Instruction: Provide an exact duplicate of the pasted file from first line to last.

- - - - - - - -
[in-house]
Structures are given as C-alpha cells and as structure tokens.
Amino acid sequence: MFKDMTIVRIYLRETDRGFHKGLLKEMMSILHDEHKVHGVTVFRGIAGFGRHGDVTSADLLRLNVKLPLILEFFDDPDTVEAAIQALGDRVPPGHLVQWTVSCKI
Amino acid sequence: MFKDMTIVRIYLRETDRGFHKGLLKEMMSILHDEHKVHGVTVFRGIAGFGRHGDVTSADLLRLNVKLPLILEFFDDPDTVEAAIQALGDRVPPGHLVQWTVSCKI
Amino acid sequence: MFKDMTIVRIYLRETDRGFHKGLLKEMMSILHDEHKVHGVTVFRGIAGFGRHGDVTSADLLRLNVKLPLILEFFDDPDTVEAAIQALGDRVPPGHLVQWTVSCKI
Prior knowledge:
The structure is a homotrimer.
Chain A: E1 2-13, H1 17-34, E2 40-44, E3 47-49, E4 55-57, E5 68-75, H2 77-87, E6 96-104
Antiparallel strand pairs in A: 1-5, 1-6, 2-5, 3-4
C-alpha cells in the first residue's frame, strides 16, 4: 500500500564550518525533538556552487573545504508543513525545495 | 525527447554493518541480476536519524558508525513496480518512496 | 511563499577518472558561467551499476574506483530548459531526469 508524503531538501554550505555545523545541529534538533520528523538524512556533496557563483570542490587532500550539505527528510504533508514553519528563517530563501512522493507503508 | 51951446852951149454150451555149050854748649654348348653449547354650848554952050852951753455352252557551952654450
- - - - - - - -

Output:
[in-house]
Structures are given as C-alpha cells and as structure tokens.
Amino acid sequence: MFKDMTIVRIYLRETDRGFHKGLLKEMMSILHDEHKVHGVTVFRGIAGFGRHGDVTSADLLRLNVKLPLILEFFDDPDTVEAAIQALGDRVPPGHLVQWTVSCKI
Amino acid sequence: MFKDMTIVRIYLRETDRGFHKGLLKEMMSILHDEHKVHGVTVFRGIAGFGRHGDVTSADLLRLNVKLPLILEFFDDPDTVEAAIQALGDRVPPGHLVQWTVSCKI
Amino acid sequence: MFKDMTIVRIYLRETDRGFHKGLLKEMMSILHDEHKVHGVTVFRGIAGFGRHGDVTSADLLRLNVKLPLILEFFDDPDTVEAAIQALGDRVPPGHLVQWTVSCKI
Prior knowledge:
The structure is a homotrimer.
Chain A: E1 2-13, H1 17-34, E2 40-44, E3 47-49, E4 55-57, E5 68-75, H2 77-87, E6 96-104
Antiparallel strand pairs in A: 1-5, 1-6, 2-5, 3-4
C-alpha cells in the first residue's frame, strides 16, 4: 500500500564550518525533538556552487573545504508543513525545495 | 525527447554493518541480476536519524558508525513496480518512496 | 511563499577518472558561467551499476574506483530548459531526469 508524503531538501554550505555545523545541529534538533520528523538524512556533496557563483570542490587532500550539505527528510504533508514553519528563517530563501512522493507503508 | 51951446852951149454150451555149050854748649654348348653449547354650848554952050852951753455352252557551952654450